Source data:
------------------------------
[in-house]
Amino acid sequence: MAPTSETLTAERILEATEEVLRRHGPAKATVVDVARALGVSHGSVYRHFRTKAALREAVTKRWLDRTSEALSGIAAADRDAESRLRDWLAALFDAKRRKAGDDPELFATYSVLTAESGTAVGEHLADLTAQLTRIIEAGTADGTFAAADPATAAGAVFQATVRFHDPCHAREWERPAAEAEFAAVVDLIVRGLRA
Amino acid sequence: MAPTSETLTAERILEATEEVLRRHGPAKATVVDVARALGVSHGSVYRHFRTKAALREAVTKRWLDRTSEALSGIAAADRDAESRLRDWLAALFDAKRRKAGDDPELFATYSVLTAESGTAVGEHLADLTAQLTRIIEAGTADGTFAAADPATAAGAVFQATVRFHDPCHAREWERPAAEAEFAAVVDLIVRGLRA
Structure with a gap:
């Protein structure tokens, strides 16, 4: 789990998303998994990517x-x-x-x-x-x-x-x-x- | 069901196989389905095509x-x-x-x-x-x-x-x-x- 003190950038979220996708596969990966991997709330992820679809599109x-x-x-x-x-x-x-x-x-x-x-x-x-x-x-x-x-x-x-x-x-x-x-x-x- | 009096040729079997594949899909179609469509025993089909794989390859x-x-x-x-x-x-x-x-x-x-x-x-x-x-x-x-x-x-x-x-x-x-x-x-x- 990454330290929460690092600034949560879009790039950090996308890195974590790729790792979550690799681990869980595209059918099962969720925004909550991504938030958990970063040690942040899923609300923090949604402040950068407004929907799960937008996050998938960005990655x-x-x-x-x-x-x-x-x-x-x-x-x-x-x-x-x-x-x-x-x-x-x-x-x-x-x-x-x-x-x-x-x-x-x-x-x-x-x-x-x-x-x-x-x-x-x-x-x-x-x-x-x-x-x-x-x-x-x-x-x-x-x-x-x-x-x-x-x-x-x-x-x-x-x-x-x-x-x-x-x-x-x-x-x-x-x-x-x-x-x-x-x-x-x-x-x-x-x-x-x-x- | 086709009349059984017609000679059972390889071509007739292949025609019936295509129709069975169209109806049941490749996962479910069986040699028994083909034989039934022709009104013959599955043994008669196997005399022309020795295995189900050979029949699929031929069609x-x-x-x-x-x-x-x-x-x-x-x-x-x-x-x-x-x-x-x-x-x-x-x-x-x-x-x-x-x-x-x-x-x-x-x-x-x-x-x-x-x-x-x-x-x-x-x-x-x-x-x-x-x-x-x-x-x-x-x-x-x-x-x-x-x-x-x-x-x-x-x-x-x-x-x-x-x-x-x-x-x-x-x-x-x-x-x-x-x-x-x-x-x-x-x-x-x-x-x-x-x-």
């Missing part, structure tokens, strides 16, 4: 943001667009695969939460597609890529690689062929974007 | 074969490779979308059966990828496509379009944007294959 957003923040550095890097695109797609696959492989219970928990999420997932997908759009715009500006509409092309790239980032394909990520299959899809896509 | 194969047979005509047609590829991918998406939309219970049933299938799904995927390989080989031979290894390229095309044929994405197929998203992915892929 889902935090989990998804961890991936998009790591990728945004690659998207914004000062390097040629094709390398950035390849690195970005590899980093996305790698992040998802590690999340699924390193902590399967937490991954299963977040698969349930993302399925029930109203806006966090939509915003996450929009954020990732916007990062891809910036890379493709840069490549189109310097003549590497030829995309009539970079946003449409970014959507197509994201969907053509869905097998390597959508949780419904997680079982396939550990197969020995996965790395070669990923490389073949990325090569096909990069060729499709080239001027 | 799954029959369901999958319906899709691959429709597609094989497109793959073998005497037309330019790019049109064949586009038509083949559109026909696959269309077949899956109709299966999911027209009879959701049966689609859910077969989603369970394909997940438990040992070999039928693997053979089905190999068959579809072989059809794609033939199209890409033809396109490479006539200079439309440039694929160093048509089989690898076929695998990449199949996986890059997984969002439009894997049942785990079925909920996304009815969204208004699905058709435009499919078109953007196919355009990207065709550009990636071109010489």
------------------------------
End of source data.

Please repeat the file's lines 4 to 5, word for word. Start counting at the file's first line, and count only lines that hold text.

Structure with a gap:
């Protein structure tokens, strides 16, 4: 789990998303998994990517x-x-x-x-x-x-x-x-x- | 069901196989389905095509x-x-x-x-x-x-x-x-x- 003190950038979220996708596969990966991997709330992820679809599109x-x-x-x-x-x-x-x-x-x-x-x-x-x-x-x-x-x-x-x-x-x-x-x-x- | 009096040729079997594949899909179609469509025993089909794989390859x-x-x-x-x-x-x-x-x-x-x-x-x-x-x-x-x-x-x-x-x-x-x-x-x- 990454330290929460690092600034949560879009790039950090996308890195974590790729790792979550690799681990869980595209059918099962969720925004909550991504938030958990970063040690942040899923609300923090949604402040950068407004929907799960937008996050998938960005990655x-x-x-x-x-x-x-x-x-x-x-x-x-x-x-x-x-x-x-x-x-x-x-x-x-x-x-x-x-x-x-x-x-x-x-x-x-x-x-x-x-x-x-x-x-x-x-x-x-x-x-x-x-x-x-x-x-x-x-x-x-x-x-x-x-x-x-x-x-x-x-x-x-x-x-x-x-x-x-x-x-x-x-x-x-x-x-x-x-x-x-x-x-x-x-x-x-x-x-x-x-x- | 086709009349059984017609000679059972390889071509007739292949025609019936295509129709069975169209109806049941490749996962479910069986040699028994083909034989039934022709009104013959599955043994008669196997005399022309020795295995189900050979029949699929031929069609x-x-x-x-x-x-x-x-x-x-x-x-x-x-x-x-x-x-x-x-x-x-x-x-x-x-x-x-x-x-x-x-x-x-x-x-x-x-x-x-x-x-x-x-x-x-x-x-x-x-x-x-x-x-x-x-x-x-x-x-x-x-x-x-x-x-x-x-x-x-x-x-x-x-x-x-x-x-x-x-x-x-x-x-x-x-x-x-x-x-x-x-x-x-x-x-x-x-x-x-x-x-």